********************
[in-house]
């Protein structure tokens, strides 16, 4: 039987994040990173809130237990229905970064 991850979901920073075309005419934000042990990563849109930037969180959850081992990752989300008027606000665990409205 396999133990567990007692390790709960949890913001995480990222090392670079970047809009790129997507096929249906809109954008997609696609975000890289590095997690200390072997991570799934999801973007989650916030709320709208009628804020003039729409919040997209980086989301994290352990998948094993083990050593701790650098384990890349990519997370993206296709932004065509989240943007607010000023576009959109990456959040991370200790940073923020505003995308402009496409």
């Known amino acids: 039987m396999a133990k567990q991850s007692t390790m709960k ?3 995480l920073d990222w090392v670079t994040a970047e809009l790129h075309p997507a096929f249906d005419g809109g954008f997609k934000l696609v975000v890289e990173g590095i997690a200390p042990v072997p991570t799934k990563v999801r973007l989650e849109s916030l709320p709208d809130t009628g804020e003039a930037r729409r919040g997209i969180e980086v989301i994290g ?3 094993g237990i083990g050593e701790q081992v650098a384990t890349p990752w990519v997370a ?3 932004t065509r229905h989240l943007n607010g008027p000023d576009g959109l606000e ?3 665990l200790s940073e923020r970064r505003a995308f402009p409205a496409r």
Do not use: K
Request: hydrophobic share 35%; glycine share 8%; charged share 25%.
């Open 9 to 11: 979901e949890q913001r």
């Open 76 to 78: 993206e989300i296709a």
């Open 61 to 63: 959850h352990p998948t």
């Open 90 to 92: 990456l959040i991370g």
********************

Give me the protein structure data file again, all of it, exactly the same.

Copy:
[in-house]
């Protein structure tokens, strides 16, 4: 039987994040990173809130237990229905970064 991850979901920073075309005419934000042990990563849109930037969180959850081992990752989300008027606000665990409205 396999133990567990007692390790709960949890913001995480990222090392670079970047809009790129997507096929249906809109954008997609696609975000890289590095997690200390072997991570799934999801973007989650916030709320709208009628804020003039729409919040997209980086989301994290352990998948094993083990050593701790650098384990890349990519997370993206296709932004065509989240943007607010000023576009959109990456959040991370200790940073923020505003995308402009496409």
């Known amino acids: 039987m396999a133990k567990q991850s007692t390790m709960k ?3 995480l920073d990222w090392v670079t994040a970047e809009l790129h075309p997507a096929f249906d005419g809109g954008f997609k934000l696609v975000v890289e990173g590095i997690a200390p042990v072997p991570t799934k990563v999801r973007l989650e849109s916030l709320p709208d809130t009628g804020e003039a930037r729409r919040g997209i969180e980086v989301i994290g ?3 094993g237990i083990g050593e701790q081992v650098a384990t890349p990752w990519v997370a ?3 932004t065509r229905h989240l943007n607010g008027p000023d576009g959109l606000e ?3 665990l200790s940073e923020r970064r505003a995308f402009p409205a496409r």
Do not use: K
Request: hydrophobic share 35%; glycine share 8%; charged share 25%.
């Open 9 to 11: 979901e949890q913001r």
């Open 76 to 78: 993206e989300i296709a």
């Open 61 to 63: 959850h352990p998948t």
């Open 90 to 92: 990456l959040i991370g």